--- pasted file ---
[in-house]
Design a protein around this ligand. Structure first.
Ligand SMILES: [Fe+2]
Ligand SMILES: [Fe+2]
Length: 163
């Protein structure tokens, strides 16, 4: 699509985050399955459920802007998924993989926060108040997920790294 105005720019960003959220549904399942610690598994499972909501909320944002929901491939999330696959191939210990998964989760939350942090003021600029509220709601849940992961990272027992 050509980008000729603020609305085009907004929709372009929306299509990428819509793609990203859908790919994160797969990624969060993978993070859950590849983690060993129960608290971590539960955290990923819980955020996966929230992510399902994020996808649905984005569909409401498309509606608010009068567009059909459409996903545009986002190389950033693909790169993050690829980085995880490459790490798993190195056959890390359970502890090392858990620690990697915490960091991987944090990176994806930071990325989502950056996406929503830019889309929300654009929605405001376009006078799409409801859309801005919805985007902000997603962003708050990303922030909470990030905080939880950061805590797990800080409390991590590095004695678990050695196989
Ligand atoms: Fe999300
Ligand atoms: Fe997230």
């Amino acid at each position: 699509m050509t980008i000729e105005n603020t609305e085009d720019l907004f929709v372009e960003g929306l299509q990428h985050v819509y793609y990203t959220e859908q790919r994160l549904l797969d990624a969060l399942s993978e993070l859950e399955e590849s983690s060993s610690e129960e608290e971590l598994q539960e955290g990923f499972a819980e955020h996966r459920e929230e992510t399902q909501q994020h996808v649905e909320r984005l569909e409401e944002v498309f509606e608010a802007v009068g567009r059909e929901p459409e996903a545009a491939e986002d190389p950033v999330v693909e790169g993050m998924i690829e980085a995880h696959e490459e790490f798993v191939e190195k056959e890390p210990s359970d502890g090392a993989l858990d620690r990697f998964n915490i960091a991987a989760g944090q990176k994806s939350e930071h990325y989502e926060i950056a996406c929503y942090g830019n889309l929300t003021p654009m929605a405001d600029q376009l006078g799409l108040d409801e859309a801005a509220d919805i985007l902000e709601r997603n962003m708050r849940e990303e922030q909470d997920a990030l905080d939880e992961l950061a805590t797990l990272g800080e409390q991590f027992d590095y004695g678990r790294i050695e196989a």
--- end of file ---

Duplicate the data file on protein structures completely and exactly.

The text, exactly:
[in-house]
Design a protein around this ligand. Structure first.
Ligand SMILES: [Fe+2]
Ligand SMILES: [Fe+2]
Length: 163
């Protein structure tokens, strides 16, 4: 699509985050399955459920802007998924993989926060108040997920790294 105005720019960003959220549904399942610690598994499972909501909320944002929901491939999330696959191939210990998964989760939350942090003021600029509220709601849940992961990272027992 050509980008000729603020609305085009907004929709372009929306299509990428819509793609990203859908790919994160797969990624969060993978993070859950590849983690060993129960608290971590539960955290990923819980955020996966929230992510399902994020996808649905984005569909409401498309509606608010009068567009059909459409996903545009986002190389950033693909790169993050690829980085995880490459790490798993190195056959890390359970502890090392858990620690990697915490960091991987944090990176994806930071990325989502950056996406929503830019889309929300654009929605405001376009006078799409409801859309801005919805985007902000997603962003708050990303922030909470990030905080939880950061805590797990800080409390991590590095004695678990050695196989
Ligand atoms: Fe999300
Ligand atoms: Fe997230």
């Amino acid at each position: 699509m050509t980008i000729e105005n603020t609305e085009d720019l907004f929709v372009e960003g929306l299509q990428h985050v819509y793609y990203t959220e859908q790919r994160l549904l797969d990624a969060l399942s993978e993070l859950e399955e590849s983690s060993s610690e129960e608290e971590l598994q539960e955290g990923f499972a819980e955020h996966r459920e929230e992510t399902q909501q994020h996808v649905e909320r984005l569909e409401e944002v498309f509606e608010a802007v009068g567009r059909e929901p459409e996903a545009a491939e986002d190389p950033v999330v693909e790169g993050m998924i690829e980085a995880h696959e490459e790490f798993v191939e190195k056959e890390p210990s359970d502890g090392a993989l858990d620690r990697f998964n915490i960091a991987a989760g944090q990176k994806s939350e930071h990325y989502e926060i950056a996406c929503y942090g830019n889309l929300t003021p654009m929605a405001d600029q376009l006078g799409l108040d409801e859309a801005a509220d919805i985007l902000e709601r997603n962003m708050r849940e990303e922030q909470d997920a990030l905080d939880e992961l950061a805590t797990l990272g800080e409390q991590f027992d590095y004695g678990r790294i050695e196989a």